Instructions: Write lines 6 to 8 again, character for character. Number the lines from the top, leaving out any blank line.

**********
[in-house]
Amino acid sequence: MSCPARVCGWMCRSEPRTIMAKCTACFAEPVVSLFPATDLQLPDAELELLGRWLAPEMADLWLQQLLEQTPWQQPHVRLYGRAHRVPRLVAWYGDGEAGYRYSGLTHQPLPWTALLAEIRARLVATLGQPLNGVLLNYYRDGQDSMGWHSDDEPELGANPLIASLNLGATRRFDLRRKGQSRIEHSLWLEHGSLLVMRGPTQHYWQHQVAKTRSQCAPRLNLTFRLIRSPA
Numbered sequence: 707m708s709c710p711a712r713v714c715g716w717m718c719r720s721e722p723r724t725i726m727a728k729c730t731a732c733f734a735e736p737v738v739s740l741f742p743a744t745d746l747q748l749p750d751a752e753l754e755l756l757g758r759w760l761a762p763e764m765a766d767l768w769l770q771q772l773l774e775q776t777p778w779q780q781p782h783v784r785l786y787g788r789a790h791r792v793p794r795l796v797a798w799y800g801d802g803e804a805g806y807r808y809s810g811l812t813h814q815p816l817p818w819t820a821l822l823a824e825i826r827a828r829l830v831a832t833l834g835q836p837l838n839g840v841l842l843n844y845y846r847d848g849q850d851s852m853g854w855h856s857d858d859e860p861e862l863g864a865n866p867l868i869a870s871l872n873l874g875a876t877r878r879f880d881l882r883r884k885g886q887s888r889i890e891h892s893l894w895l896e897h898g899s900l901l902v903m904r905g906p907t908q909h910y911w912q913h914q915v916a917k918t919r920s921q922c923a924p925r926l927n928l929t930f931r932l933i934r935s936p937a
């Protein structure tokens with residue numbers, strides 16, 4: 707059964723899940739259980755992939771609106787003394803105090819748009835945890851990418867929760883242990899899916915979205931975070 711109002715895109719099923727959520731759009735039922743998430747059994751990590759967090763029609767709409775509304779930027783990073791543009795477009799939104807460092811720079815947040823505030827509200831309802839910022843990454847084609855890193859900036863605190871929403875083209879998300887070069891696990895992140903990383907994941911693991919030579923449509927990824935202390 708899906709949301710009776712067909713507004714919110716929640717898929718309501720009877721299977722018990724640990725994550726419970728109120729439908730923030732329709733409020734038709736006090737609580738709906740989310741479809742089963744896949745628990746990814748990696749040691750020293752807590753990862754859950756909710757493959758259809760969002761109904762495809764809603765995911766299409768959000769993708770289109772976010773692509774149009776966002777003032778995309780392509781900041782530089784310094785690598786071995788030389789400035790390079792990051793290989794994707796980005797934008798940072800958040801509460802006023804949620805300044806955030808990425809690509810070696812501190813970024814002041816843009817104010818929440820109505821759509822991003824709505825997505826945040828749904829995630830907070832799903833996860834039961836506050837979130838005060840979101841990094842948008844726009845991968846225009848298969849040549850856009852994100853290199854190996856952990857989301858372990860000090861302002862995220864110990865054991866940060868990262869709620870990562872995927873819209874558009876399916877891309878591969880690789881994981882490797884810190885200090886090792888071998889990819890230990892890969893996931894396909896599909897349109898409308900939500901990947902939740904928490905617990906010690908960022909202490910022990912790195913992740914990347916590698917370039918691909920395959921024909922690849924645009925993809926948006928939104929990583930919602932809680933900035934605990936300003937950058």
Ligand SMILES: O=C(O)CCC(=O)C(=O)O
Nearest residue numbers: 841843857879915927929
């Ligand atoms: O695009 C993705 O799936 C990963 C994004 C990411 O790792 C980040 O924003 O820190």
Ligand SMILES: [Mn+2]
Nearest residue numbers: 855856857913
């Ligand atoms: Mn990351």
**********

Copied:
Nearest residue numbers: 841843857879915927929
């Ligand atoms: O695009 C993705 O799936 C990963 C994004 C990411 O790792 C980040 O924003 O820190």
Ligand SMILES: [Mn+2]